There is no need to reinvent the wheel
Use technology to uncover best practice
Technology is beneficial to people designing programs to impact the health behaviors of their patient population base, says Jason L. Bittle, community health improvement coordinator at Hanover (PA) Hospital Wellness and Education Center.
"We can look at best practices in similar community settings, contact those key people who can help replicate the program, and facilitate best practices in our own communities," says Bittle.
He advises people in the field of community education to check out this web site from the Department of Health and Human Services: http://www. communityhealth.hhs.gov. This web site provides community health status indicators so healthcare professionals in "peer counties" might be able to uncover reasons for rate differences in such matters as risk factors for premature death and share information about model programs. (Select state and county in the table on the left side of the page, then select the category you would like data on such as access to care or preventative services use.) In addition with the ability to do an Internet search, you can find complete narratives of programs and their contacts, then replicate in your own program without reinventing the wheel, says Bittle.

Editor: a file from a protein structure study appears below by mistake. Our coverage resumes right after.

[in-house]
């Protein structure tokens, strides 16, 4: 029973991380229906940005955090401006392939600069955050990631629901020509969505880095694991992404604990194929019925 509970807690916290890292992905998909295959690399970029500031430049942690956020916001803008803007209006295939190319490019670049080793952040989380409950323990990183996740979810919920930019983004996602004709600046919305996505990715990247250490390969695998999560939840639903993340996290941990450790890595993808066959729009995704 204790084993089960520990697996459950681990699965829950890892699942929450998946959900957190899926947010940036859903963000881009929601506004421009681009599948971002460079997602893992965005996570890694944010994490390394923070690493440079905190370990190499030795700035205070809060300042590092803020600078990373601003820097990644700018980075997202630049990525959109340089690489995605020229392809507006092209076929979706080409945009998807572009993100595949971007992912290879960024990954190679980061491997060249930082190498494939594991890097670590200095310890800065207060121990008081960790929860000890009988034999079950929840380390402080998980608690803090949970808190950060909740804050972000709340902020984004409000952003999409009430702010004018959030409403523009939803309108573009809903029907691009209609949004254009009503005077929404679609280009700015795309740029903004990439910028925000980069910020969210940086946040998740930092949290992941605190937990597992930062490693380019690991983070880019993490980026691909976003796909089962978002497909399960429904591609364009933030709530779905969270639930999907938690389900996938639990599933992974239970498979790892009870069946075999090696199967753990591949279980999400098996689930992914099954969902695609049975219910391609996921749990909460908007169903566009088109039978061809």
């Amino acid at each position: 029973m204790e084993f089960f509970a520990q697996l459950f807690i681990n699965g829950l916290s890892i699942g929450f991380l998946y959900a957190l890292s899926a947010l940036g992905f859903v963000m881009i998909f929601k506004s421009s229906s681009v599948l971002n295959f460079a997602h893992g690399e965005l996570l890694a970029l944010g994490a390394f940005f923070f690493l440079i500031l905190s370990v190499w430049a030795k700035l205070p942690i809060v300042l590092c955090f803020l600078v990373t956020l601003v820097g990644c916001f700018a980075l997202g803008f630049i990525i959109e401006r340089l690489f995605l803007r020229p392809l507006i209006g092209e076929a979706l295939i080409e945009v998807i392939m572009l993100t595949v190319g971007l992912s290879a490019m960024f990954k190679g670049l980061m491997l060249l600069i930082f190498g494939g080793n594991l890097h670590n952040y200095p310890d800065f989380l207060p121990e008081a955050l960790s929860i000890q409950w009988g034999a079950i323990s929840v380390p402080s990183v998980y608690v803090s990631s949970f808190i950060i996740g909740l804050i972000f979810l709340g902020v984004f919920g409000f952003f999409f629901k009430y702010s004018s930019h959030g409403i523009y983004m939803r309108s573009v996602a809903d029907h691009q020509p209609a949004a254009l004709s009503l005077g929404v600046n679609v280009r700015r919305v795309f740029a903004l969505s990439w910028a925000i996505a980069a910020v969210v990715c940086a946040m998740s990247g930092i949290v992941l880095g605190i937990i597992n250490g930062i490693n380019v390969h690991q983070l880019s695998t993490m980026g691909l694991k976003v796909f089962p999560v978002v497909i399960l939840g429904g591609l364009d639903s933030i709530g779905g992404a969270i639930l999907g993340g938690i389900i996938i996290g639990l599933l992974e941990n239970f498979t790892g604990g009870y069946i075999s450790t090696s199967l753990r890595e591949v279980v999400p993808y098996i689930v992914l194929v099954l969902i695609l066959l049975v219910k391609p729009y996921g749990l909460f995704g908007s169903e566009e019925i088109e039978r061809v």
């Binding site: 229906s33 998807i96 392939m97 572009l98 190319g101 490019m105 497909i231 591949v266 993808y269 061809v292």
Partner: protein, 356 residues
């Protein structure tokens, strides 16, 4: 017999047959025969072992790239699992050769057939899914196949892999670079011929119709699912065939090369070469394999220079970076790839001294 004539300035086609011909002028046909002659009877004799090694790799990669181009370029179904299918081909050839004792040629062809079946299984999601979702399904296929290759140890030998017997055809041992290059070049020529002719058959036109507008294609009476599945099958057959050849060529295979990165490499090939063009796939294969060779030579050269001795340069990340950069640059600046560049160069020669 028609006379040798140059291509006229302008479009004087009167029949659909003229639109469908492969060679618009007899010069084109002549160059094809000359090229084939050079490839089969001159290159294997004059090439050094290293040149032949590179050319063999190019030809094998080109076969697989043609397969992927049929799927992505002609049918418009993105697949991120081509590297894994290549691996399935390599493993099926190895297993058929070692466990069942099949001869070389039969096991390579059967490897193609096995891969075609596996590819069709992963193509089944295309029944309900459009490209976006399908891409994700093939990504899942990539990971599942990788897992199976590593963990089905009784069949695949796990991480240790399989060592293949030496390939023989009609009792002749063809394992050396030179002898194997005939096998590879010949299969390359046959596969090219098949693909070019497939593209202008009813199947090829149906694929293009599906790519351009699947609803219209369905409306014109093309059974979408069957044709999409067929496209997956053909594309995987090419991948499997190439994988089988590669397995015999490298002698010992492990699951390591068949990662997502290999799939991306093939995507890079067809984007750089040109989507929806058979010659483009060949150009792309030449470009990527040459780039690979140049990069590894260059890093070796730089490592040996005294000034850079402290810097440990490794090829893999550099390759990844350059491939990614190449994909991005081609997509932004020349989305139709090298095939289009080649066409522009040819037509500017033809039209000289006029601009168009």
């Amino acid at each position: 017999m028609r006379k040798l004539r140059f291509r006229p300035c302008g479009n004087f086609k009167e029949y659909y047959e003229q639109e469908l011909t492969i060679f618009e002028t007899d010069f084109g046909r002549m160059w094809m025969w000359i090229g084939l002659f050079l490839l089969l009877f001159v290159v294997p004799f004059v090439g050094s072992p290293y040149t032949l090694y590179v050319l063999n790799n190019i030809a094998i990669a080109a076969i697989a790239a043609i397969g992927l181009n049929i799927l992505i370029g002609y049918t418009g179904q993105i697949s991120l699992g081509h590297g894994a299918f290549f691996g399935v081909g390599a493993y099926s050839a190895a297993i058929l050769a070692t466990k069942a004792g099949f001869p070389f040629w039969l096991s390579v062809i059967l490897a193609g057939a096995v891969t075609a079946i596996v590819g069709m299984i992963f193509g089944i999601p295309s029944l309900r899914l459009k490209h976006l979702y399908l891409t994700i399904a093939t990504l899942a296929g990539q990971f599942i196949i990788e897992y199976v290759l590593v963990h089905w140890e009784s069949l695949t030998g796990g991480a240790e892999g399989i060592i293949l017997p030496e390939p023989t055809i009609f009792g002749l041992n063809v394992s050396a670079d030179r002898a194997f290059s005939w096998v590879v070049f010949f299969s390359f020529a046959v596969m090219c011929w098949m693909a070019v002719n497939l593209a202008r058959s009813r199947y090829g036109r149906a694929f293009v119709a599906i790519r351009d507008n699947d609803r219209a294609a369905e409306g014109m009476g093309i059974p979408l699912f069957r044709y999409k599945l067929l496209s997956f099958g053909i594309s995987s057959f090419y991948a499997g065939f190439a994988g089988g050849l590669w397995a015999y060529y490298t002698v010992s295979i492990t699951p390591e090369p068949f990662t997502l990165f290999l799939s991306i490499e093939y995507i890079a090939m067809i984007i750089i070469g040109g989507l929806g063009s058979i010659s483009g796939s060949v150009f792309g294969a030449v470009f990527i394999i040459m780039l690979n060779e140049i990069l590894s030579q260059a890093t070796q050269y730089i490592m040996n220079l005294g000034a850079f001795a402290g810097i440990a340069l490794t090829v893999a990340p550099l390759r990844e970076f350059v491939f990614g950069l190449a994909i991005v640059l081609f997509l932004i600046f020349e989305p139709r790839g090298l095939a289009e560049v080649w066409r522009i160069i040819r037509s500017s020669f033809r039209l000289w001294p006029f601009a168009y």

Best practices can be found with a computer-based literature search that uncovers the articles with the best research protocols. For good information look to the web sites and journals of accrediting agencies, says Bittle. For example, with a background in fitness, he often uses information disseminated by the American College of Sports Medicine. Technology can help with how clean the research is, says Bittle. For example, you can find who out paid for the study, whether the authors have a conflict of interest, if they are considered creditable in their fields, or if they have other work that can build upon the subject matter.